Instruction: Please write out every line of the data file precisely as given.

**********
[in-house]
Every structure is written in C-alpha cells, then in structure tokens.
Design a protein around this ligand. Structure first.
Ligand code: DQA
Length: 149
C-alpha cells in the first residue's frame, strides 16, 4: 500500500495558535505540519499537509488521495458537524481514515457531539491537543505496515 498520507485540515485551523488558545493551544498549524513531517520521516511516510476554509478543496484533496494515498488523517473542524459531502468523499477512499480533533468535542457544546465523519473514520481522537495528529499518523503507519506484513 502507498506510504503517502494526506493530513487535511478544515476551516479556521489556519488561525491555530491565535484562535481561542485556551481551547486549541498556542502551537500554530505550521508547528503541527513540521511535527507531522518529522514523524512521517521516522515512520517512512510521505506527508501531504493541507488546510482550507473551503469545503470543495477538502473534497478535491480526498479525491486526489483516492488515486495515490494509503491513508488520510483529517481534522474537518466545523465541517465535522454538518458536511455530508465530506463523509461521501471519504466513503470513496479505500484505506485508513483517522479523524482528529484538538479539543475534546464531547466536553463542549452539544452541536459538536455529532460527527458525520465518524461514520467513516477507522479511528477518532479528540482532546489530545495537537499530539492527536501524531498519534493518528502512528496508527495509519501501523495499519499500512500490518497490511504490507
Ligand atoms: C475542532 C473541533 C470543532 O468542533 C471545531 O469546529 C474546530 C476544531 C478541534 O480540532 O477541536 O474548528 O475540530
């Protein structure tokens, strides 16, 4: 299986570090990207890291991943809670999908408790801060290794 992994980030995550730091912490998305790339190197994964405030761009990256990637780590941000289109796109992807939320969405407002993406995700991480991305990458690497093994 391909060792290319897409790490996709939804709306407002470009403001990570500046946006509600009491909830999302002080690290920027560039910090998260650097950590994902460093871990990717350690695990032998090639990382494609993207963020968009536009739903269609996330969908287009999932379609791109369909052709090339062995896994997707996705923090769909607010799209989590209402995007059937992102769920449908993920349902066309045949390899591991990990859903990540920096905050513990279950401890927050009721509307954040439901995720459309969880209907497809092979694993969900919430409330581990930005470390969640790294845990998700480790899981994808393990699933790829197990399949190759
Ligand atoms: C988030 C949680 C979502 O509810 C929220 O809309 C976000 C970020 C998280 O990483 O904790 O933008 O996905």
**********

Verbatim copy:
[in-house]
Every structure is written in C-alpha cells, then in structure tokens.
Design a protein around this ligand. Structure first.
Ligand code: DQA
Length: 149
C-alpha cells in the first residue's frame, strides 16, 4: 500500500495558535505540519499537509488521495458537524481514515457531539491537543505496515 498520507485540515485551523488558545493551544498549524513531517520521516511516510476554509478543496484533496494515498488523517473542524459531502468523499477512499480533533468535542457544546465523519473514520481522537495528529499518523503507519506484513 502507498506510504503517502494526506493530513487535511478544515476551516479556521489556519488561525491555530491565535484562535481561542485556551481551547486549541498556542502551537500554530505550521508547528503541527513540521511535527507531522518529522514523524512521517521516522515512520517512512510521505506527508501531504493541507488546510482550507473551503469545503470543495477538502473534497478535491480526498479525491486526489483516492488515486495515490494509503491513508488520510483529517481534522474537518466545523465541517465535522454538518458536511455530508465530506463523509461521501471519504466513503470513496479505500484505506485508513483517522479523524482528529484538538479539543475534546464531547466536553463542549452539544452541536459538536455529532460527527458525520465518524461514520467513516477507522479511528477518532479528540482532546489530545495537537499530539492527536501524531498519534493518528502512528496508527495509519501501523495499519499500512500490518497490511504490507
Ligand atoms: C475542532 C473541533 C470543532 O468542533 C471545531 O469546529 C474546530 C476544531 C478541534 O480540532 O477541536 O474548528 O475540530
């Protein structure tokens, strides 16, 4: 299986570090990207890291991943809670999908408790801060290794 992994980030995550730091912490998305790339190197994964405030761009990256990637780590941000289109796109992807939320969405407002993406995700991480991305990458690497093994 391909060792290319897409790490996709939804709306407002470009403001990570500046946006509600009491909830999302002080690290920027560039910090998260650097950590994902460093871990990717350690695990032998090639990382494609993207963020968009536009739903269609996330969908287009999932379609791109369909052709090339062995896994997707996705923090769909607010799209989590209402995007059937992102769920449908993920349902066309045949390899591991990990859903990540920096905050513990279950401890927050009721509307954040439901995720459309969880209907497809092979694993969900919430409330581990930005470390969640790294845990998700480790899981994808393990699933790829197990399949190759
Ligand atoms: C988030 C949680 C979502 O509810 C929220 O809309 C976000 C970020 C998280 O990483 O904790 O933008 O996905």